Several Southwest Missouri superintendents say they’re not on board with a proposal in the Missouri Legislature that would ensure schools don’t start classes until September and that they end before June.
Under the legislation, school districts would need to complete their regular term between Sept. 1 and May 31, while the state’s minimum class time would increase from 1,044 hours to 1,085 hours. It would leave August for professional development and training.
The bill, which was referred in early January to a House committee on elementary and secondary education but has not yet gone through a hearing, also would require that districts make summer school attendance mandatory for students who score less than proficient on statewide tests.
Rep. Steve Cookson, chairman of the House Elementary and Secondary Education Committee, said summer school would help reach students who are starting to fall behind, and that less variance in school calendars makes sense as families move between communities.
“When we talk about students and their needs and living in a mobile society, that’s a benefit to have as uniform as possible within parameters — not dictate to them but have it within parameters,” said Cookson, R-Poplar Bluff.
School officials contend that the legislation is too rigid, usurping local authority to determine when schools are in session.
Joplin Superintendent C.J. Huff said districts need local control in setting a calendar, noting that different parts of the state have varying needs. For example, Branson schools started the current school year on Aug. 26, more than a week after Joplin schools, but also had a shorter Christmas break.
“Branson’s calendar has to look different from Joplin’s calendar simply because of the entertainment industry and the economics of that community,” Huff said.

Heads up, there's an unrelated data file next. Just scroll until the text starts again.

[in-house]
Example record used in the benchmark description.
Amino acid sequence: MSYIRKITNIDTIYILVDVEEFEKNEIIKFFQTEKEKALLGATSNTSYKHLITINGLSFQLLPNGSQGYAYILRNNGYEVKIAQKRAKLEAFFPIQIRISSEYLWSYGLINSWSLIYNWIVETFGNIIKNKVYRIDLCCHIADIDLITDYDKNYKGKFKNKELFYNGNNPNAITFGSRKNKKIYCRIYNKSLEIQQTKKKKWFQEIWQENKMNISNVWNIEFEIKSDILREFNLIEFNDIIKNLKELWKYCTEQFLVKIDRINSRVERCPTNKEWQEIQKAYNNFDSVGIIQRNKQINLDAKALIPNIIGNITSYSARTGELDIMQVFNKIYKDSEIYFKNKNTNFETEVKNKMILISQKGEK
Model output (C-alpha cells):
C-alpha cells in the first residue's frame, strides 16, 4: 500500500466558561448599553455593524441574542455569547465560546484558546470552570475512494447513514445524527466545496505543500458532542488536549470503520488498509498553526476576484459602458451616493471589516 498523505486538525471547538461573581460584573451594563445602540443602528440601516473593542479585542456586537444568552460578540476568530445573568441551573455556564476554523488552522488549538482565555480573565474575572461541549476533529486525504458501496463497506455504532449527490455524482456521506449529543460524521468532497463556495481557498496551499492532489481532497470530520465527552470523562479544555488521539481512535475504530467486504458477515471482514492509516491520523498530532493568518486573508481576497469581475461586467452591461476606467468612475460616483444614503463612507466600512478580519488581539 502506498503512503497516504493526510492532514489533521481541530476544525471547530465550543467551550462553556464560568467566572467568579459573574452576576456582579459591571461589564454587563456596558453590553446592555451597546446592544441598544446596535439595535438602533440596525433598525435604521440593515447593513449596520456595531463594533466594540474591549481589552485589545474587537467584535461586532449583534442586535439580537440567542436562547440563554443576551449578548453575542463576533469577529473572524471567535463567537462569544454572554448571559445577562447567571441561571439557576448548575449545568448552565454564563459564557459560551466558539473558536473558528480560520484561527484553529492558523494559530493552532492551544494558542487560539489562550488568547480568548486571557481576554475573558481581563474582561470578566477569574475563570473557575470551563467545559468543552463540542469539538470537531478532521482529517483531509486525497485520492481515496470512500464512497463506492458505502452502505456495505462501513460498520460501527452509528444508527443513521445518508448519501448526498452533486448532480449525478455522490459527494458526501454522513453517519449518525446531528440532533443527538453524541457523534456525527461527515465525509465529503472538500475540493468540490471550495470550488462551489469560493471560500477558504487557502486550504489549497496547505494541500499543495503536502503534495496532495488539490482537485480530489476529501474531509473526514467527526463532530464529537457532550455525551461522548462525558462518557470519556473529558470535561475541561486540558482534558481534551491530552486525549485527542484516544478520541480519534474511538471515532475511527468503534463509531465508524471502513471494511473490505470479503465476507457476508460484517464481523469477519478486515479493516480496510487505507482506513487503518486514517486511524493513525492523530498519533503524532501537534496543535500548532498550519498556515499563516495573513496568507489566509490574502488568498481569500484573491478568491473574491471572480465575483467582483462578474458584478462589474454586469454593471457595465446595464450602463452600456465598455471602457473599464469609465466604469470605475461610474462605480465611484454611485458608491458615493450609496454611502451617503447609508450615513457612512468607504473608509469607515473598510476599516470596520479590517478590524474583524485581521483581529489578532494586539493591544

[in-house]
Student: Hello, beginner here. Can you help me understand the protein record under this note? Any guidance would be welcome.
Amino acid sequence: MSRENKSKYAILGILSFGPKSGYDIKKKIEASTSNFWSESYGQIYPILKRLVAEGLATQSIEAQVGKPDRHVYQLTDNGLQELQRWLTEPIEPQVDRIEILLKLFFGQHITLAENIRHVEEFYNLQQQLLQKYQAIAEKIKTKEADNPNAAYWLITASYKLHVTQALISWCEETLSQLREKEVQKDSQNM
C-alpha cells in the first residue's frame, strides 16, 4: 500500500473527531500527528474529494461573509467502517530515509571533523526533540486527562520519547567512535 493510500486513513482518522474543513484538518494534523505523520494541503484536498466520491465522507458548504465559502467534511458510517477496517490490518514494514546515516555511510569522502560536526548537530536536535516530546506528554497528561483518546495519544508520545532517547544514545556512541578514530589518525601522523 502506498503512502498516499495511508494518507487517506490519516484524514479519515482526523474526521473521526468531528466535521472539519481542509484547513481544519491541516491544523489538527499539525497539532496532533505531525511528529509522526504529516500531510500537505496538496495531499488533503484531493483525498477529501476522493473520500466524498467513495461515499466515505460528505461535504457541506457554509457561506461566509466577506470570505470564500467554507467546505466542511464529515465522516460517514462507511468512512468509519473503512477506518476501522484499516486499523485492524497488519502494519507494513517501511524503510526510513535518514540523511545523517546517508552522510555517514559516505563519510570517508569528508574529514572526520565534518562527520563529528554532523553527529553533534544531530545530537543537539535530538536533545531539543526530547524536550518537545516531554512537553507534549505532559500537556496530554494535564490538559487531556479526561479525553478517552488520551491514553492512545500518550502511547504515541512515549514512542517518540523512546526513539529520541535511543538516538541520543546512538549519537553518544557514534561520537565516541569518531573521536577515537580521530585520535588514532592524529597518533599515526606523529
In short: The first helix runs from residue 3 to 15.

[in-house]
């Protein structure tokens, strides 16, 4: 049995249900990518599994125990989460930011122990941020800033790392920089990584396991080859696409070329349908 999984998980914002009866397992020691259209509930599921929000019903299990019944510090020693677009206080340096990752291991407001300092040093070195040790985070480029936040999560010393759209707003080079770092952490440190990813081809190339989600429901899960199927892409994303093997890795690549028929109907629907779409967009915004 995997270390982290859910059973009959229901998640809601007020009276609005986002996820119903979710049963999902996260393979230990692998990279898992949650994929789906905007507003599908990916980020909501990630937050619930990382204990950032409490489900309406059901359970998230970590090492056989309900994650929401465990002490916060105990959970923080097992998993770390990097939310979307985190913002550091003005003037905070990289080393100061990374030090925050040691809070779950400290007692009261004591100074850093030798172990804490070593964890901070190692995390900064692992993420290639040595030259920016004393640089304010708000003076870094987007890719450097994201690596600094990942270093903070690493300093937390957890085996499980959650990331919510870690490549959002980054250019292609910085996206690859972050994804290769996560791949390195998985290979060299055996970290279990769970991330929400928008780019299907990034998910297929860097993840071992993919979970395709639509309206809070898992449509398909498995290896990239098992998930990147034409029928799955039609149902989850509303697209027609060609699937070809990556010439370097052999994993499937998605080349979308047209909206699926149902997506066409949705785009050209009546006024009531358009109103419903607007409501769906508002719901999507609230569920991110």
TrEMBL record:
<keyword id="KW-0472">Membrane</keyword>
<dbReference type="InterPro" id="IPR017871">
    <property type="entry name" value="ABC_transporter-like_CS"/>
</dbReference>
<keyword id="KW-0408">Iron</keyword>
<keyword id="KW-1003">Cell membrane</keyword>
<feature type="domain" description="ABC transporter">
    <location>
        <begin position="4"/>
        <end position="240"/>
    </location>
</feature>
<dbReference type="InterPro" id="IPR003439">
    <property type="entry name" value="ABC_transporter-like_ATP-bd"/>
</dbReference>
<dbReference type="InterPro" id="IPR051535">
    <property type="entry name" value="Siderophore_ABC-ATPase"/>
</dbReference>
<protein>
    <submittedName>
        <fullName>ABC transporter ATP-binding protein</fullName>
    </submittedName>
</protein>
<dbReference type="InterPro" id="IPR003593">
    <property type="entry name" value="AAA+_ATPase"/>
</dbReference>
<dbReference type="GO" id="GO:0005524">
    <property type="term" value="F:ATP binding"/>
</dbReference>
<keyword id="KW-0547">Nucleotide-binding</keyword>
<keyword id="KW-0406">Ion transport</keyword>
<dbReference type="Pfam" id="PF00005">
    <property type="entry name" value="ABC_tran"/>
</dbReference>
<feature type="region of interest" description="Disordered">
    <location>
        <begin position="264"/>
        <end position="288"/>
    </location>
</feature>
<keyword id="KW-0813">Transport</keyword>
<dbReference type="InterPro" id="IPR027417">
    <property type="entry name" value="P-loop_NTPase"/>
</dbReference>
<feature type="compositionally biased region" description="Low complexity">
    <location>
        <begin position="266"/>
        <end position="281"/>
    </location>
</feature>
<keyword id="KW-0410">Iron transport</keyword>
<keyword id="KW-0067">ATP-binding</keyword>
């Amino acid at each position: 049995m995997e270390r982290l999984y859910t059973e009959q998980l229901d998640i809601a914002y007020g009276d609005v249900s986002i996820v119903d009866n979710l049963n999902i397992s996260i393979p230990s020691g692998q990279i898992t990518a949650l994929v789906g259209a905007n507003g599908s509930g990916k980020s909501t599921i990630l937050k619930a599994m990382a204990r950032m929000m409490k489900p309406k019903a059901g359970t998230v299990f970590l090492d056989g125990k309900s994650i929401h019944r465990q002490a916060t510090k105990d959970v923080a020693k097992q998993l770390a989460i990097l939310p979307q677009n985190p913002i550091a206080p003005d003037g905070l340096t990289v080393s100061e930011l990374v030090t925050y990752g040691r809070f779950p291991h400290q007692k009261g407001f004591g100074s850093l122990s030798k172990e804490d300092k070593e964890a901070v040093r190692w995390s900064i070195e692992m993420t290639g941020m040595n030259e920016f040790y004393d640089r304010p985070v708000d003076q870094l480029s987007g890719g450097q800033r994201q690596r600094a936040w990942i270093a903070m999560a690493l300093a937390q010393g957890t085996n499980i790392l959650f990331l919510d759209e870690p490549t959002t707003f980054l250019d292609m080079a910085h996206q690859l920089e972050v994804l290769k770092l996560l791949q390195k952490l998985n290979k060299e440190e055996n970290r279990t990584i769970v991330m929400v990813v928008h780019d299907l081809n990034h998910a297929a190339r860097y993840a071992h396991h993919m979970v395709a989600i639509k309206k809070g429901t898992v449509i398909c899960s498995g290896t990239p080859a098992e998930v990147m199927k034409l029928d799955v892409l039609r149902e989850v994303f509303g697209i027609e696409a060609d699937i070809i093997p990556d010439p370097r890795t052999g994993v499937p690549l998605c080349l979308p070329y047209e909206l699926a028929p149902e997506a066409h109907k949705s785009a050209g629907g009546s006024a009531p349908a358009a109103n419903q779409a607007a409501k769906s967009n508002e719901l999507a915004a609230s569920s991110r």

Webb City Superintendent Tony Rossetti said he thinks it is a district’s responsibility to recommend summer school for students based on what’s best for them educationally — not because it would be mandated by law.
“I don’t think it’s the position of Jefferson City to be telling us who in our system needs to be attending summer school,” he said.
Phil Cook, superintendent of Carl Junction schools, said he thinks summer school is good for many students, but mandating who should attend isn’t necessarily a good idea.
“To mandate that our students go to summer school based on a snapshot test ... I don’t know that I like that,” he said. “But if it were based on multiple measures of assessment (and) teacher recommendation, I could support something like that. We try to do that anyway.”
Missouri School Boards’ Association spokesman Brent Ghan said local officials should have the flexibility to schedule vacation times and teacher professional development days that suit their areas.
“One size does not fit all when it comes to the school calendar across our state,” he said.
Others say that standardizing the state’s school calendar would level the playing field for children. The Branson Chamber of Commerce has not specifically endorsed Cookson’s bill, said its president and CEO, Ross Summers, but it has supported the representative in the bill’s drafting and introduction.
In a telephone interview with the Globe, Summers said the bill, by mandating calendar dates, would also standardize testing dates across the state. The bill would perhaps allow districts to reduce some costs of operation, such as air-conditioning costs for those that begin their terms in the middle of August, and would allow families to travel and students to work during the summer months, he said.
“From a purely economic standpoint, I believe there is a real basis for the proposed law, but beyond that, we believe that a standardized start date, post-Sept. 1, would be beneficial to everyone in Missouri,” Summers said.
The school boards association said there is merit to the idea of increasing time spent in school and to summer school, but that neither initiative would be free. Missouri’s funding formula that is used to distribute basic aid to school districts is about $600 million underfunded in the current year’s state operating budget.
“First things first here,” Ghan said. “We need to be fully funding the foundation formula before we start increasing the costs for local school districts.”
THE ASSOCIATED PRESS contributed to this report.